Theodate Pope Riddle
Theodate Pope Riddle (February 2, 1867 – August 30, 1946) was an American architect. She was one of the first American women architects as well as a survivor of the sinking of the RMS Lusitania.
Born Effie Brooks Pope in Salem, Ohio, she was the only child of industrialist and art collector Alfred Atmore Pope and his wife Ada Lunette Brooks, and was a first cousin to the mother of architect Philip Johnson.
When Effie was 19, she changed her name to Theodate in honor of her grandmother Theodate Stackpole. She graduated from Miss Porter's School in Farmington, Connecticut and later hired faculty members to tutor her privately in architecture. The first woman to become a licensed architect in both New York and Connecticut, in 1926 she was appointed a Fellow of the American Institute of Architects.
Among her best-known architectural commissions was the 1920 reconstruction of the birthplace in New York City of former President Theodore Roosevelt. In the fall of 2014, Pope's work on that site was recognized in a competition, Built by Women New York City, launched by the Beverly Willis Architecture Foundation to identify outstanding and diverse sites and spaces designed, engineered, and built by women.
On May 1, 1915, she boarded the British ocean liner RMS Lusitania as a First Class passenger, together with her maid Miss Emily Robinson and Professor Edwin W. Friend, a fellow Farmington resident. When the ship was torpedoed by a German submarine on May 7, Theodate and Edwin were just going for a walk on the boat deck. They almost got into one of the lifeboats, but before stepping inside the couple watched the boat being thrown up into the air. They decided it was a better idea to jump off the deck. Theodate turned to her maid saying, "Come, Robinson", and then jumped. When she rose to the surface, both Emily and Edwin had disappeared. Instead, she found herself caught in a mob of screaming, struggling people trying to keep themselves alive. She found herself "being washed and whirled up against wood." Something hit her hard on the head, but, although half-stunned, she surfaced at last. "People all around me were fighting, striking and struggling," she later recalled. Then a man "insane with fright" made "a sudden jump and landed clean on my shoulders, believing I could support him." He had no life jacket, and his weight was pushing her back under. Somehow she found the strength to say, "Oh, please don't", before the waters closed over her. Feeling her sink, the man let go. Theodate surfaced again and looked around for Edwin Friend. Instead she saw close by her an elderly man, another man with a bloody gash in his forehead, and a third clasping a small tin tank as a float. Seeing an oar floating nearby, she pushed one end toward the old man and took hold of the other. Moments later she lost consciousness, but was pulled in from the sea with boat hooks and laid among the dead "like a sack of cement". One woman pleaded with the rescuers to give her artificial respiration. They cut off her fashionable clothing and went to work. To their amazement, she came around. Gazing confusedly around her, Theodate gradually realized she was lying on the floor wrapped in a blanket and staring into a small open-grate fire. Neither her maid nor Professor Friend had survived.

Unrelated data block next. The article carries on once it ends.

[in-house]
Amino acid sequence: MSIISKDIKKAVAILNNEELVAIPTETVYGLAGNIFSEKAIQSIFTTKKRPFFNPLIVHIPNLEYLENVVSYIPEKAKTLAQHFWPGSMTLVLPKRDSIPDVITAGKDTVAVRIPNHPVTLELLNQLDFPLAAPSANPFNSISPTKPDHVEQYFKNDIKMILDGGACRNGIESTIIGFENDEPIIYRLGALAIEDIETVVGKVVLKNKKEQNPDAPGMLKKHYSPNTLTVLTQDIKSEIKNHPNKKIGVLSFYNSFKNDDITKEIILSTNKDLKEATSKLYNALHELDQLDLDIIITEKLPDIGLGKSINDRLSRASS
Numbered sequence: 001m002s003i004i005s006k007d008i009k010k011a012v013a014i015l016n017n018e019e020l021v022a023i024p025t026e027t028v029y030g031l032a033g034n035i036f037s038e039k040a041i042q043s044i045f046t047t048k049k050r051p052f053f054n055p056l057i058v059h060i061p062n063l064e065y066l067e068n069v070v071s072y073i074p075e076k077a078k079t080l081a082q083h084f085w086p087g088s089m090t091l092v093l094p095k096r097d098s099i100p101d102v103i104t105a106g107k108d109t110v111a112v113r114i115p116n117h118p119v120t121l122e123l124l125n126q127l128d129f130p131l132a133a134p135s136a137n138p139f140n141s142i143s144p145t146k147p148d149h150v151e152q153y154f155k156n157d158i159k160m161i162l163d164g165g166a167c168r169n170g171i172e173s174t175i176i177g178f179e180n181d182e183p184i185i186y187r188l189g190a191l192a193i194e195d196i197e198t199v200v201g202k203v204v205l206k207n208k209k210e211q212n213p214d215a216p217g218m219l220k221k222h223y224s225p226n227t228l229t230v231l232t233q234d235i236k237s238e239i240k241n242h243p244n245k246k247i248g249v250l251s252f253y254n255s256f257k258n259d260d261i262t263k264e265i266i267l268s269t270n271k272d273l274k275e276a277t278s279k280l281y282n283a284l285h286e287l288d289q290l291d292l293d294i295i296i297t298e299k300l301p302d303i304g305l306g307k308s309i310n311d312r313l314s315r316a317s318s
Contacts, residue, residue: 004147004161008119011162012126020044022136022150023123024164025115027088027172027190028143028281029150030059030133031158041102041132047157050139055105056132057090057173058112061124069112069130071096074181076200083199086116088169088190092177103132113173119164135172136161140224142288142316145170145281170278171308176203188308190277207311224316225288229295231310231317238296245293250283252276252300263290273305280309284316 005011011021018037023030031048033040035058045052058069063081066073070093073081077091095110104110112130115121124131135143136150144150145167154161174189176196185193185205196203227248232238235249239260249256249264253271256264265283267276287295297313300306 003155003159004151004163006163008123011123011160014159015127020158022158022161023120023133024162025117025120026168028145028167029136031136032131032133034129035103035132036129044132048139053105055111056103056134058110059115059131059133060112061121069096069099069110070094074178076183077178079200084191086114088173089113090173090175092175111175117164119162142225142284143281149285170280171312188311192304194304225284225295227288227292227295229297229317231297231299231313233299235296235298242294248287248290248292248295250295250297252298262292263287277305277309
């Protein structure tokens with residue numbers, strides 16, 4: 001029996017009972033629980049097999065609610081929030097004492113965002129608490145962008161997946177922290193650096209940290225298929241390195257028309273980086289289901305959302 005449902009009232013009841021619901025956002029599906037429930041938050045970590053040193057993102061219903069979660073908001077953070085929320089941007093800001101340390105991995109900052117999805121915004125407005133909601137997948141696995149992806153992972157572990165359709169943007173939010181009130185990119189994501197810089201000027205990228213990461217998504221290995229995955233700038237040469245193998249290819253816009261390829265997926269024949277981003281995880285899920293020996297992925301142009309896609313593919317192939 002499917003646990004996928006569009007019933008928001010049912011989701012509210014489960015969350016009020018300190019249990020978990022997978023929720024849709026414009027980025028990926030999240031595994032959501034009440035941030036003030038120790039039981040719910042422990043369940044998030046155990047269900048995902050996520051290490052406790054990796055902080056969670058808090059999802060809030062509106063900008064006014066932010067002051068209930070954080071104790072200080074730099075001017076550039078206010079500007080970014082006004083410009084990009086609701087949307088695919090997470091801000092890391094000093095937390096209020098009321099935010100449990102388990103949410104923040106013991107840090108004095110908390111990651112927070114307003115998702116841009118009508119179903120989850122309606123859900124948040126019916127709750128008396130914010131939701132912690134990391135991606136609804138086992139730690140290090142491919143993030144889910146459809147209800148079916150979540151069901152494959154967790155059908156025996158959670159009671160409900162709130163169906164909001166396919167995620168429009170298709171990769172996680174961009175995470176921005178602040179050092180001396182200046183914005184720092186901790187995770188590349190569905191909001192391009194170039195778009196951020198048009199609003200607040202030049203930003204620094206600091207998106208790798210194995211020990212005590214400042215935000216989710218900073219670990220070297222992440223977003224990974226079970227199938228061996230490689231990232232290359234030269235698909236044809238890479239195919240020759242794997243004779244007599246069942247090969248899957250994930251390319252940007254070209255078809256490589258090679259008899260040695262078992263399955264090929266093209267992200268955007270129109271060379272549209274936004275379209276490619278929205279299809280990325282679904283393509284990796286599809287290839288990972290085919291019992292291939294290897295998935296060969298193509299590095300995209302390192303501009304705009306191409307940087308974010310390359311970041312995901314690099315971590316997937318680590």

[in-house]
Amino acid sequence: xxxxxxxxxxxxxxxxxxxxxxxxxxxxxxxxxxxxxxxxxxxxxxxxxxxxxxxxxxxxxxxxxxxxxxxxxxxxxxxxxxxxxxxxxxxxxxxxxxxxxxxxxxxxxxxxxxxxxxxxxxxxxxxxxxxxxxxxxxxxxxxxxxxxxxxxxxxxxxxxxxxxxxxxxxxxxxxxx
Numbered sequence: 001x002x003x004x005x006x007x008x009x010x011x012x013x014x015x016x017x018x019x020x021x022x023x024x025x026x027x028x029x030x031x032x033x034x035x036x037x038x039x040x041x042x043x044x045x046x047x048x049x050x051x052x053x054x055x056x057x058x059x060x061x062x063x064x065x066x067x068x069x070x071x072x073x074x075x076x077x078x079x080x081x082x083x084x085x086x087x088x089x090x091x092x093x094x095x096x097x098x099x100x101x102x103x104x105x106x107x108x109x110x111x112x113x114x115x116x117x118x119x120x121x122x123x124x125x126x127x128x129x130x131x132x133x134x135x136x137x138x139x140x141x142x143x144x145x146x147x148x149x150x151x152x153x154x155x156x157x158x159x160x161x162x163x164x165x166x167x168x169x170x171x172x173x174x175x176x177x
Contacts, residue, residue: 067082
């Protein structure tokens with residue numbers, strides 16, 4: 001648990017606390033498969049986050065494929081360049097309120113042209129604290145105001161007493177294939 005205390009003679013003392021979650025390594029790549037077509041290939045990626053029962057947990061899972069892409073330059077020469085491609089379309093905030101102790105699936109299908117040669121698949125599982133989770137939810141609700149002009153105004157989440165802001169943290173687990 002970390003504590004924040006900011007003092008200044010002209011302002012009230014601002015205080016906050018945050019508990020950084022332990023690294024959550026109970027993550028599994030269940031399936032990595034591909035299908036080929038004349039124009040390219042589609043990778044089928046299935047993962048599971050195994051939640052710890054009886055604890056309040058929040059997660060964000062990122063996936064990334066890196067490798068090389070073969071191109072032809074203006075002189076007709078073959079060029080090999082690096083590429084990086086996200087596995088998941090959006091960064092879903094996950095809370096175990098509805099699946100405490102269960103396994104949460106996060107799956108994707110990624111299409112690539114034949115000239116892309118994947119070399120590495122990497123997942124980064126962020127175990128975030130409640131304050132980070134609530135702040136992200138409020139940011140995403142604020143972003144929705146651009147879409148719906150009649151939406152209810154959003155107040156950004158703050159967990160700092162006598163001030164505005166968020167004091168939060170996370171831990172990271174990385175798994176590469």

She died on August 30, 1946 at her home in Farmington. 
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- Cunningham, Phyllis Fenn. My Godmother, Theodate Pope Riddle. Canaan, NH: published privately, 1983.
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- Torre, Susanna, ed. Women in American Architecture: A Historic and Contemporary Perspective, A Publication and Exhibition Organized by the Architectural League of New York. New York, NY: Watson-Guptill Publications, 1977.
- "Learn about Theodate Pope Riddle". Hill-Stead Museum. Farmington, Connecticut.
- Theodate Pope Riddle at Find a Grave